Last week we had a three-day science and technology review of laboratory operations. The DOE S&T Review is one of the principal yearly reviews of the laboratory and has a very wide scope, including evaluations of:
- the quality and significance of recent S&T accomplishments and the merit and feasibility of future plans to maximize scientific opportunities
- the effectiveness and efficiency of facility operations and of the planning for future facility upgrades
- the effectiveness of laboratory management in strategic planning, developing core competencies, setting priorities and promoting a culture of safety
- the leadership and creativity of laboratory scientific and technical staff
- the quality of our interactions with the scientific community
Listening to the presentations would make any employee of Fermilab proud of the enormous quantity and quality of work the laboratory is doing. Overall, the committee was impressed with our program and had important advice for us in a few areas.
One area where the reviewers felt we could do better is in communicating and working together with the national particle physics community. This is an area that is very important for us, and we take this advice seriously. We have done all our strategic planning with the community’s involvement, we implement programs and projects in collaboration with many members of the community, and scientists from more than 100 U.S. institutions collaborate on Fermilab experiments. Still, it was important for us to hear that we could do better in this area, especially as the community looks toward the Snowmass conference in 2013 where the scientific opportunities of the future U.S. program will be discussed.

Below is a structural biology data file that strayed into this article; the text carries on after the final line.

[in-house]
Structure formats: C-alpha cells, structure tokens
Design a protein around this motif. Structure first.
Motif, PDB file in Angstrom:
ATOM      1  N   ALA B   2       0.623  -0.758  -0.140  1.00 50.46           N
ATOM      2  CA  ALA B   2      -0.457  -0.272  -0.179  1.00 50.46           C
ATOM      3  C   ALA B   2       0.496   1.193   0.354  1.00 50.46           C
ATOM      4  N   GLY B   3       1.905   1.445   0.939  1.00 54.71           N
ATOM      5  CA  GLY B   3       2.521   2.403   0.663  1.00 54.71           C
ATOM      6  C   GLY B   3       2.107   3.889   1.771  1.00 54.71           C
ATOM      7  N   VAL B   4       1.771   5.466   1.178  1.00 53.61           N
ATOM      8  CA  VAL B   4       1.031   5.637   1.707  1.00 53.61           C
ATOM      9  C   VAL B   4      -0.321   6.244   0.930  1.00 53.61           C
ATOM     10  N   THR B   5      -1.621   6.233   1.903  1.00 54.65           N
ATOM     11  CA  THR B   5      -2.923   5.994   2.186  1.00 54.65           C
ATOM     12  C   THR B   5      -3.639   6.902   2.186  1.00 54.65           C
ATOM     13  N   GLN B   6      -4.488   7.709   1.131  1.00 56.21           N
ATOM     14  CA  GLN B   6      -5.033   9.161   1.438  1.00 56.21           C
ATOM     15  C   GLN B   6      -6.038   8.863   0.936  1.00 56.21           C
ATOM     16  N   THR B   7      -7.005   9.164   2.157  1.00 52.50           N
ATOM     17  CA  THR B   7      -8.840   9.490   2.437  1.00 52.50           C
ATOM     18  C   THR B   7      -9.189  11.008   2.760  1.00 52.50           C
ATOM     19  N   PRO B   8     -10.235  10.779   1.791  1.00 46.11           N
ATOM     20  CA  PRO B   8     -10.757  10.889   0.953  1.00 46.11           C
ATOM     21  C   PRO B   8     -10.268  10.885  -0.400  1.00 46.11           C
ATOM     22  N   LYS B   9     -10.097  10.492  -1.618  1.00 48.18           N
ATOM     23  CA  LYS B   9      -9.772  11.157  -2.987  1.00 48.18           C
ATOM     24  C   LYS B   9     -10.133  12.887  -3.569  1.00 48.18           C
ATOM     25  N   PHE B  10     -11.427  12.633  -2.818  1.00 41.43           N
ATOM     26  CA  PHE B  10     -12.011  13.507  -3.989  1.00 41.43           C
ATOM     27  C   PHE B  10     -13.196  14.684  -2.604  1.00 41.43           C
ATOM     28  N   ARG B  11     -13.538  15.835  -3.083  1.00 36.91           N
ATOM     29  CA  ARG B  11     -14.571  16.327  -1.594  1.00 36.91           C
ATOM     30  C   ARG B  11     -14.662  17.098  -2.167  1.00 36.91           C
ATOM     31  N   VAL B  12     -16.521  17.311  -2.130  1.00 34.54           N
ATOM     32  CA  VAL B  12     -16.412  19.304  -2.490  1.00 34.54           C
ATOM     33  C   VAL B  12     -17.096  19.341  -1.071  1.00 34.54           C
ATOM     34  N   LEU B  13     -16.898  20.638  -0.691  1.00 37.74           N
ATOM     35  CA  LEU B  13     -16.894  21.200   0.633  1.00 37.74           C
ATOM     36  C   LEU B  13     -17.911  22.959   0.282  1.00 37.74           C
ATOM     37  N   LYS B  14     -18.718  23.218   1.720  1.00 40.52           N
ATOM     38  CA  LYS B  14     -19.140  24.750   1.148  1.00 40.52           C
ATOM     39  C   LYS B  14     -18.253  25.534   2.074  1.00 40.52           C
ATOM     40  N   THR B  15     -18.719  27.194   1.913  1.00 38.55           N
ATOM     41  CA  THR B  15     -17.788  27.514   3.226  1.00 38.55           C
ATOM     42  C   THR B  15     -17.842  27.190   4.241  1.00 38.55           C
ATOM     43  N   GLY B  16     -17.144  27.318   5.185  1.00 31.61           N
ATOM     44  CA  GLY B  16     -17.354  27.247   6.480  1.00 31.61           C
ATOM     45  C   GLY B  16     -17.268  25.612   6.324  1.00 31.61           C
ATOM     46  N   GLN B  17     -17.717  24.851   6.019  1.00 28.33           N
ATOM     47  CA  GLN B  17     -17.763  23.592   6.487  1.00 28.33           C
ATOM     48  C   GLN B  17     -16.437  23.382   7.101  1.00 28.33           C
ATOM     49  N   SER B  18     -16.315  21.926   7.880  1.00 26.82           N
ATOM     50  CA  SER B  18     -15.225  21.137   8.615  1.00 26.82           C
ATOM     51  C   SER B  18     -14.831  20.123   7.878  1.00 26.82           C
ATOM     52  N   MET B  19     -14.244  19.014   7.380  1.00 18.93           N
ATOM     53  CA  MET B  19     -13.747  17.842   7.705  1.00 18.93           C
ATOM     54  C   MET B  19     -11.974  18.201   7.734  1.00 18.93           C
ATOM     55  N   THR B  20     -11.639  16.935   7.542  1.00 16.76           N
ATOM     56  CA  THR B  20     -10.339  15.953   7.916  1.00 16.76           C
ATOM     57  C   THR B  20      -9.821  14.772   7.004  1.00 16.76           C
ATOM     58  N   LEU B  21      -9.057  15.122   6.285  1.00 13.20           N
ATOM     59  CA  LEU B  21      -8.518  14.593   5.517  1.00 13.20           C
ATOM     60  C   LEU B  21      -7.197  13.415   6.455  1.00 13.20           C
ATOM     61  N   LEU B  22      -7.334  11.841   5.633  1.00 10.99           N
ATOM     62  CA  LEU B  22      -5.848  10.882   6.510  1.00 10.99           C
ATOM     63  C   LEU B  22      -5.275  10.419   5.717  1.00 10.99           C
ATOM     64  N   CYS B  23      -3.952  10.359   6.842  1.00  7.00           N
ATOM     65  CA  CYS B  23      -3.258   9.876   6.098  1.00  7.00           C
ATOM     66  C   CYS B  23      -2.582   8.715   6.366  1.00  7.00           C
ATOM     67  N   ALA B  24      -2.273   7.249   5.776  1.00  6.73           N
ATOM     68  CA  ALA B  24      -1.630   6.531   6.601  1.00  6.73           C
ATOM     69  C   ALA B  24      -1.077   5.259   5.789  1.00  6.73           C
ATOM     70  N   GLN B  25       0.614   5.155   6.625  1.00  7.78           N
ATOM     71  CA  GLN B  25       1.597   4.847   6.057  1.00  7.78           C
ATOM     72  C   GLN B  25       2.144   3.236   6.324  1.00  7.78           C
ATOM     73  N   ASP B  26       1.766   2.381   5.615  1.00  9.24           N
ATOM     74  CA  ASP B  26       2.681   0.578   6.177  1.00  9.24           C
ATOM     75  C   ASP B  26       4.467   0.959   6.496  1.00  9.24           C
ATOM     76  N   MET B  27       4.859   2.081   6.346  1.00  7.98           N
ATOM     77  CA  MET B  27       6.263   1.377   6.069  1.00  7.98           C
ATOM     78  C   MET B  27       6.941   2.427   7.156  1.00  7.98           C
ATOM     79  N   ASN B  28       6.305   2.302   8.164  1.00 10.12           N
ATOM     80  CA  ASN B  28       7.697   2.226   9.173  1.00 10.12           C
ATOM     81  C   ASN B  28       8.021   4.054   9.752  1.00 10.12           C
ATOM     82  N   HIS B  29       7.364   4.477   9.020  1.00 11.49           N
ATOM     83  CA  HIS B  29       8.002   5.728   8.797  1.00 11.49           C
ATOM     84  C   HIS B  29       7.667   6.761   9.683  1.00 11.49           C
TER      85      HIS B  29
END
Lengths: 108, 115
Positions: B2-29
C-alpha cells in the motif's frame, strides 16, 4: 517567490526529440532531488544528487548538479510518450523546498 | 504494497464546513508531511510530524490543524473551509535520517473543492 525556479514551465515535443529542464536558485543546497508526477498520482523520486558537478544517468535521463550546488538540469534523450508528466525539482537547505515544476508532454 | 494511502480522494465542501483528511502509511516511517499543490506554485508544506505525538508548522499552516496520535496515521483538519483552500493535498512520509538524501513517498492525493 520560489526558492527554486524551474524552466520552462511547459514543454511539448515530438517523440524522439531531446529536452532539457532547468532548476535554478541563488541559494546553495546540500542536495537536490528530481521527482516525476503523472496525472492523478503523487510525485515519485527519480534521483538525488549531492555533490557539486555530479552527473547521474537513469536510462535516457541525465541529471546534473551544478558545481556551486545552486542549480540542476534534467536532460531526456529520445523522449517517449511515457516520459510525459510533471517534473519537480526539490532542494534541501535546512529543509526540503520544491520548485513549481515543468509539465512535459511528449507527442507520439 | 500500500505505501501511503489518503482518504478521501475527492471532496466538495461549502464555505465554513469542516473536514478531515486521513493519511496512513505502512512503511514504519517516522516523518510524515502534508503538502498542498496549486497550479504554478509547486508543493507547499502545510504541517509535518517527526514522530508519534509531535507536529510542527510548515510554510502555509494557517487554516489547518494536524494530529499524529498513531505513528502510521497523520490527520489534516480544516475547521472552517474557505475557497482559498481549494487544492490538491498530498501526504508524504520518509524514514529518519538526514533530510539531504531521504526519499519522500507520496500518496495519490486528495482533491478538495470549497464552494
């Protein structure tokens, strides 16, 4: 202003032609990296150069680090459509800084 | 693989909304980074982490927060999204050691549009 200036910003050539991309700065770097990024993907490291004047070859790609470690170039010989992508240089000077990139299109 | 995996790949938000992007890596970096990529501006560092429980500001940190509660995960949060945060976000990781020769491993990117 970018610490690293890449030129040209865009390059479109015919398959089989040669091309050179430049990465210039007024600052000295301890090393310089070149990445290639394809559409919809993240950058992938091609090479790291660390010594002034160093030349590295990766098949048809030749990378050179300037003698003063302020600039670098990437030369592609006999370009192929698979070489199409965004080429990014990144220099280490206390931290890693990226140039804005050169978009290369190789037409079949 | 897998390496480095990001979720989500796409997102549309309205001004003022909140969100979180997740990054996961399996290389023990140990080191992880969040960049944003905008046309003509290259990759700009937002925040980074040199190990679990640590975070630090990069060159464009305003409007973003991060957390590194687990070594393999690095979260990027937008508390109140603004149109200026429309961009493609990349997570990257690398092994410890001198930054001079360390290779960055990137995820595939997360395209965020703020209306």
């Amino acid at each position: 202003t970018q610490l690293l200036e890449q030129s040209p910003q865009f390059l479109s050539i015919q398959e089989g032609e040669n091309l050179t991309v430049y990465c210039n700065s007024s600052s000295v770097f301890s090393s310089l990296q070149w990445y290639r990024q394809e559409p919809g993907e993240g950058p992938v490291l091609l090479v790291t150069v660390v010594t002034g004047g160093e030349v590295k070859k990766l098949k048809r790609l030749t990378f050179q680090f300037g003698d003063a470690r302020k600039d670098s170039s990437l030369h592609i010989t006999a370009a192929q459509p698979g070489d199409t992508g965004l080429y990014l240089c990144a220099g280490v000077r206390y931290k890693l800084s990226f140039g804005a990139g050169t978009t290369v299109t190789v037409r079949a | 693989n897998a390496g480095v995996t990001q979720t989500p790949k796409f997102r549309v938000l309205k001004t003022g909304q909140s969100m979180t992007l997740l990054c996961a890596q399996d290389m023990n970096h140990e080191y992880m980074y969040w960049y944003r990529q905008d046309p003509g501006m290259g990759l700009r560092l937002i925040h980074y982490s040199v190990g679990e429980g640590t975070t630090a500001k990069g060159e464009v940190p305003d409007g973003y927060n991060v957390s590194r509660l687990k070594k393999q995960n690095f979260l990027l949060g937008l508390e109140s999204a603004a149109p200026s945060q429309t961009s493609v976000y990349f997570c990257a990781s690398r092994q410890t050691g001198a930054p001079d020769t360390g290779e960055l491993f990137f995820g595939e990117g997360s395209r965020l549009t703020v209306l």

A second concern of our reviewers was our choice to maintain a full plate of projects and programs, even at the risk of some delays. The committee understood the importance for the laboratory of pursuing multiple projects, but advised us that this strategy is acceptable only if it does not endanger U.S. competitiveness. We currently have a considerable lead over other world regions in all of our projects, but this could change in the future. Vigilance in this area is very important.
The reviewers also recommended that we step up our efforts in providing the simulation framework to allow folks here at Fermilab, as well as our collaborators at universities, to make extensive simulations throughout the development of our projects, from design to analysis. They also advised us on the importance of MicroBooNE, not only because of its potential for revealing interesting physics, but also because demonstrating mastery of liquid-argon time projection chamber technology is so important for the future of LBNE.